In the years leading up to the stock market crash on October 19, 1987, there was an extension of a continuation of a highly powerful bull market. At this period, running from 1982, the market had started to embrace globalization and the advancement in technology. In the years 1986 and 1987, the bull market was fueled by hostile takeovers, low-interest rates, leveraged buyouts and increased mergers (Bloch, 1989).

The business philosophy at the time encouraged exponential business growth by acquisition of others. At the time, companies used leveraged buyouts to raise massive amounts of capital to fund the procurement of the desired companies. The companies raised the capital by selling junk bonds to the public. The junk bonds refer to the bonds that pay high-interest rates by the virtue of their high risk of default. Initial public offering or IPO was another trend used to drive market excitement.

During that time of increased market activity, the US Securities, and Exchange Commission (SEC) found it extremely hard to prevent shady IPOs and the existing market trends from proliferating.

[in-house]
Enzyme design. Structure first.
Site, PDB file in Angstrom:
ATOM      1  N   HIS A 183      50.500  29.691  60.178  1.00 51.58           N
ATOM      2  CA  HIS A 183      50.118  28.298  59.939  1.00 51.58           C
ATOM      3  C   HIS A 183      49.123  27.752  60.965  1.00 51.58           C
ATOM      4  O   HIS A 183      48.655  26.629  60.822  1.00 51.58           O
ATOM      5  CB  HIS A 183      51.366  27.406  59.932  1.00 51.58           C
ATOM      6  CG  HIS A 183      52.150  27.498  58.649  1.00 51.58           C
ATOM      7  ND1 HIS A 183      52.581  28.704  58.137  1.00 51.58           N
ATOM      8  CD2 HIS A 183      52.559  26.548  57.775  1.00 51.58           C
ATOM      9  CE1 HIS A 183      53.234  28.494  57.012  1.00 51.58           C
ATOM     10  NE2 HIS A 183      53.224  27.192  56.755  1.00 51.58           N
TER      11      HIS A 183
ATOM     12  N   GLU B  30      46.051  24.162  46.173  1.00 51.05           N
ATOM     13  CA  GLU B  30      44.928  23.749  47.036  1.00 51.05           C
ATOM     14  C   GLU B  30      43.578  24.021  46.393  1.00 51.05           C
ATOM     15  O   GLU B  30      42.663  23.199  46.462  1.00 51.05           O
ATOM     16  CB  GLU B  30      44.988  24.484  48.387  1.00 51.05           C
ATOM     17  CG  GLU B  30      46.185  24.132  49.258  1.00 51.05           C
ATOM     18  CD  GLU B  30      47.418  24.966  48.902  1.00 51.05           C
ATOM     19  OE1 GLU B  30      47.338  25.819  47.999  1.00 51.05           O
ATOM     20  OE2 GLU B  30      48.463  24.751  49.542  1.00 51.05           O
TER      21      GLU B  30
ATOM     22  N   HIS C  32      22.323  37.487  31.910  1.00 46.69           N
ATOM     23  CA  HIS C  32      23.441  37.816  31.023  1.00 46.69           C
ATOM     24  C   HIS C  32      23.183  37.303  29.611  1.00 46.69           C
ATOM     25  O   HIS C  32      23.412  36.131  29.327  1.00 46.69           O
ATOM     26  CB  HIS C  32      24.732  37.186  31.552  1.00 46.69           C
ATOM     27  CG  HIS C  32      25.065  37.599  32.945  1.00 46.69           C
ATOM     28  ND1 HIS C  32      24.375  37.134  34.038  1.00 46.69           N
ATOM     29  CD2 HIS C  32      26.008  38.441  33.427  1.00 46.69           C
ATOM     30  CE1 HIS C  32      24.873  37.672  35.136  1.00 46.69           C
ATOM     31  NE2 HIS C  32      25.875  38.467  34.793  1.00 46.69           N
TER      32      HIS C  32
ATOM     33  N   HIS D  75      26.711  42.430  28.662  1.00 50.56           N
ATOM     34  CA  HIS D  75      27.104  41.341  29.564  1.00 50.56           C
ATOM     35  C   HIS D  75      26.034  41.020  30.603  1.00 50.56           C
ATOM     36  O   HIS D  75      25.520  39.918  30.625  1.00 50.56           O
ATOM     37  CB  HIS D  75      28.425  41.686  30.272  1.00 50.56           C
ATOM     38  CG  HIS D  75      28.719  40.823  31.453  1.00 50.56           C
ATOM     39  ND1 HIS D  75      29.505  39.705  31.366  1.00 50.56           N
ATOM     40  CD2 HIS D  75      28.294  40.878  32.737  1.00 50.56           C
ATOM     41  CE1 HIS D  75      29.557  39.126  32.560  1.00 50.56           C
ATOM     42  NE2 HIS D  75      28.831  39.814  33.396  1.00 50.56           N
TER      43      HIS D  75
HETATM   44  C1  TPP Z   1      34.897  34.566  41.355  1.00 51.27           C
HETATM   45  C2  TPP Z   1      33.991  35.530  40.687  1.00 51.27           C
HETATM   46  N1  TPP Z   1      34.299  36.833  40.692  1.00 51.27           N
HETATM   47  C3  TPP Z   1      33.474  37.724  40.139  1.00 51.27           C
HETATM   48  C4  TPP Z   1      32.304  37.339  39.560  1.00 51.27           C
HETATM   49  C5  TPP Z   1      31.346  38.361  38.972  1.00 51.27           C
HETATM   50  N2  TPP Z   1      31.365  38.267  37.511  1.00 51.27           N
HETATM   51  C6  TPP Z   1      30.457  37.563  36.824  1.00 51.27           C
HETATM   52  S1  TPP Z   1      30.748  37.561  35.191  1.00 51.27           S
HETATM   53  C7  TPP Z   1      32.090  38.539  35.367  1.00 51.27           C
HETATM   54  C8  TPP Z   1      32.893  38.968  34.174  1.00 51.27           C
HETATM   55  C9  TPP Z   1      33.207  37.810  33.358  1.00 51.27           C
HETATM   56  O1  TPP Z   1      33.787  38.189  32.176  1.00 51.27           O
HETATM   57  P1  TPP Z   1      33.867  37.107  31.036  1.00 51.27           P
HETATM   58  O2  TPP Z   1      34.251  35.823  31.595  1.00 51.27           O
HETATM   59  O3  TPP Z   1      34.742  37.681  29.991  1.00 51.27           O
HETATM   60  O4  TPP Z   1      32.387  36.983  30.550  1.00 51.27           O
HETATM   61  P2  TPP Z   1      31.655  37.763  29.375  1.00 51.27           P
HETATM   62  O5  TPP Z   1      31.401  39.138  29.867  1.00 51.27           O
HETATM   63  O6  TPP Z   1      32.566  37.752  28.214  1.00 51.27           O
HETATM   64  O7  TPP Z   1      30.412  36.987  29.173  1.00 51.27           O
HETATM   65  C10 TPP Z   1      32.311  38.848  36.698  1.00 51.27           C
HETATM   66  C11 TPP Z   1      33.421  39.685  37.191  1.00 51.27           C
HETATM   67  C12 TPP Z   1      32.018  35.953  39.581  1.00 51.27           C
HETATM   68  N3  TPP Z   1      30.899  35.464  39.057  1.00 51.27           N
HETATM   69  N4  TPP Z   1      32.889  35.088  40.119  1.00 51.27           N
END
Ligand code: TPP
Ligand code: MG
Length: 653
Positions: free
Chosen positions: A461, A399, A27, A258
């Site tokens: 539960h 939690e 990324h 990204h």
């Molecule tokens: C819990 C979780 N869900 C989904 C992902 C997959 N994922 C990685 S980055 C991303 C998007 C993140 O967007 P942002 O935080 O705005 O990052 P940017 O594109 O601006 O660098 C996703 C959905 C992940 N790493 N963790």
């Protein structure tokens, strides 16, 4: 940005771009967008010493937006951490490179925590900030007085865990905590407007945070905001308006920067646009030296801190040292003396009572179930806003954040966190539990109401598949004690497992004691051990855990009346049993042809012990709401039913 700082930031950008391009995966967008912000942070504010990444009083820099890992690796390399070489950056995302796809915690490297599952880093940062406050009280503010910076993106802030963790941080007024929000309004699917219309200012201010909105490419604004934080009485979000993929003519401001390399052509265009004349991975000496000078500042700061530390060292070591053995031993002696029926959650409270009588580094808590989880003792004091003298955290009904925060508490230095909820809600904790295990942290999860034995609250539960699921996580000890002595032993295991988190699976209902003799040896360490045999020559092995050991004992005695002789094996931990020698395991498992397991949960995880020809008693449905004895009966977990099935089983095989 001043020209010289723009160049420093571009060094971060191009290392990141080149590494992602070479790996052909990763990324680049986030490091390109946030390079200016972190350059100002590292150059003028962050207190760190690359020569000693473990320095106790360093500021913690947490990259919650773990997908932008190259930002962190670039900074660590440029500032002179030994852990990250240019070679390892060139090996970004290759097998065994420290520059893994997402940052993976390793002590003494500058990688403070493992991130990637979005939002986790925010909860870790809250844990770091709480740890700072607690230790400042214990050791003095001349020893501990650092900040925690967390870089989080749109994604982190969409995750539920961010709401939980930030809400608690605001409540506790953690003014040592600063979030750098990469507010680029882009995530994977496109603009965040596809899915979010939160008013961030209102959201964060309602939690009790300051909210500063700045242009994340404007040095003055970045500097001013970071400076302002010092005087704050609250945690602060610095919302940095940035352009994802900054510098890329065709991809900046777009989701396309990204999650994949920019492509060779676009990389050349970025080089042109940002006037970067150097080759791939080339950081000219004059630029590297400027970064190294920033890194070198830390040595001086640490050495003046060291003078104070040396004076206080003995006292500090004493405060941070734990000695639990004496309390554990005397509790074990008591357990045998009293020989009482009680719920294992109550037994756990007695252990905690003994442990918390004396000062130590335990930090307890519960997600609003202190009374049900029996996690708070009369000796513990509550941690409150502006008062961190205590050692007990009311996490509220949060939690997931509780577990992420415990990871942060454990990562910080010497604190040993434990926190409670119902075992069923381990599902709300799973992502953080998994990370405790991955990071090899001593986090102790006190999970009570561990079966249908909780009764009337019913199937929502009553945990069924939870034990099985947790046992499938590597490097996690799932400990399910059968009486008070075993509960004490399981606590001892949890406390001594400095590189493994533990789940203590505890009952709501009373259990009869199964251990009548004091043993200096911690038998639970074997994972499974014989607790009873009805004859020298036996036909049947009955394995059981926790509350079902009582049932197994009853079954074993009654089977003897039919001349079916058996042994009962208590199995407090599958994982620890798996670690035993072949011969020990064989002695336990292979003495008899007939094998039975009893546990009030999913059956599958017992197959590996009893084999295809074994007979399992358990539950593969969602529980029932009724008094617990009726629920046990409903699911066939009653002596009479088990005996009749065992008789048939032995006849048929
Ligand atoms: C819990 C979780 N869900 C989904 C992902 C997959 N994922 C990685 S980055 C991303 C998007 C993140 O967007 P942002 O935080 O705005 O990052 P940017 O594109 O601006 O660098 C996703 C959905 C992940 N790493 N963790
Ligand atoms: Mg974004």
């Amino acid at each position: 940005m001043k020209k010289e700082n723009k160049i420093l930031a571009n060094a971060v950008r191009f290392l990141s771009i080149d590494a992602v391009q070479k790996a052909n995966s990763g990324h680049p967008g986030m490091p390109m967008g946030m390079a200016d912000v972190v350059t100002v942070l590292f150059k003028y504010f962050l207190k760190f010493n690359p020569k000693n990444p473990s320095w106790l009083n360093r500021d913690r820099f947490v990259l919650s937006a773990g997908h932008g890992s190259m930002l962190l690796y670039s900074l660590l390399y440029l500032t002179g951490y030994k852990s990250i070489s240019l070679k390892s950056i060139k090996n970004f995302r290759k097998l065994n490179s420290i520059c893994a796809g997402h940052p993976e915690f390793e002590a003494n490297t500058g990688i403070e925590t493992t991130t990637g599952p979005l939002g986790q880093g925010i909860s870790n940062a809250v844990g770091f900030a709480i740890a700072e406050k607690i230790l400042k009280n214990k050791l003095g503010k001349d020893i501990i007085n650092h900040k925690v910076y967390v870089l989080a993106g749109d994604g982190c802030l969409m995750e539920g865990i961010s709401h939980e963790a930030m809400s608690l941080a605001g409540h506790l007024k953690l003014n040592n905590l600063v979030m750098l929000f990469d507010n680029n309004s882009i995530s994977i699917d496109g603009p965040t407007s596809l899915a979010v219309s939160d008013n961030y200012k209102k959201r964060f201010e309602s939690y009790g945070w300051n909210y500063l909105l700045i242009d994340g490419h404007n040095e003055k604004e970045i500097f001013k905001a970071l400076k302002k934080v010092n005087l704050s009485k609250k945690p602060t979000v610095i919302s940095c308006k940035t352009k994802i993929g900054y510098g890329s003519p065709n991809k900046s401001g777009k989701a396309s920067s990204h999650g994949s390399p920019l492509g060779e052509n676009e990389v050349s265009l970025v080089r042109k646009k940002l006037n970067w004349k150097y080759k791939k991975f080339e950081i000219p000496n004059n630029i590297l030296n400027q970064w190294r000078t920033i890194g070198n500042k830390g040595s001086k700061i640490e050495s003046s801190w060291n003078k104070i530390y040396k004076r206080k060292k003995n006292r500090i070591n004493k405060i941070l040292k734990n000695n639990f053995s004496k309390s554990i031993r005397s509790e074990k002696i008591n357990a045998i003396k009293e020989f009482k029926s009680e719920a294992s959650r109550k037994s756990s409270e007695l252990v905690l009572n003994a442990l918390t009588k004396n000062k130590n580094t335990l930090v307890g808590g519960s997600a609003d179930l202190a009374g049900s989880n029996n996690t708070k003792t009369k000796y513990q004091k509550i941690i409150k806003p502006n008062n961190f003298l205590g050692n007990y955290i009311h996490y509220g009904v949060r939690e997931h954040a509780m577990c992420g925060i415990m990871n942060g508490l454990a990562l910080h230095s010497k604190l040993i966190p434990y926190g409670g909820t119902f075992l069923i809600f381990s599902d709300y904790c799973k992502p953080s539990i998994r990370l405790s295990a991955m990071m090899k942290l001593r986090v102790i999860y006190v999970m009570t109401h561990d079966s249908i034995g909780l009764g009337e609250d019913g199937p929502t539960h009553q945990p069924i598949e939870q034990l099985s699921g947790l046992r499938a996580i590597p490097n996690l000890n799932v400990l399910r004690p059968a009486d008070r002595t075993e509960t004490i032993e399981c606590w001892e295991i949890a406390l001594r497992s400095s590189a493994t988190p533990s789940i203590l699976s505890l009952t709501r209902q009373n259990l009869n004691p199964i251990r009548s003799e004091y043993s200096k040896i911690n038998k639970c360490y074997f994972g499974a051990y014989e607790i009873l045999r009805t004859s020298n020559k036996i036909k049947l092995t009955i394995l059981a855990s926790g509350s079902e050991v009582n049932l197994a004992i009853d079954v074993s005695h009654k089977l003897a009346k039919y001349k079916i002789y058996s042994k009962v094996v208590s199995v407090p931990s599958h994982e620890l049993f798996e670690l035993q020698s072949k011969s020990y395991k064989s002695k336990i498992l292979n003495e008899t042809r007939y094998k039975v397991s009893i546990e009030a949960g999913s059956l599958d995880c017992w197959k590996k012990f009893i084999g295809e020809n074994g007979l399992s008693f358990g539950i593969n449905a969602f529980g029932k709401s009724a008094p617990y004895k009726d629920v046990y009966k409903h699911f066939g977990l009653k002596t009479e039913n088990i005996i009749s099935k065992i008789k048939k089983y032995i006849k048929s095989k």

In the events leading to the stock market crash, the stock markets witnessed a massive growth during the first half of 1987. The Dow Jones Industrial Average (DJIA) had by August that year gained a whopping 44 percent in just seven months. The ballooned increase in sales raised concerns of an asset bubble. The numerous news reports about a possible collapse of stock markets undermined investor confidence and further fueled the additional volatility in the markets.

At the time, the federal government announced that there were a larger-than-expected trade deficit and this lead to the plunge of the dollar in value. Earlier in the year, the SEC conducted investigations on illegal insider trading that spooked the investors (Bloch, 1989). High rates of inflation and overheating were experienced at the time due to the high level of credit and economic growth. The Federal Reserve tried to arrest the situation by quickly raising short-term interest rates to decrease inflation, and this dampened the investors’ enthusiasm in the market.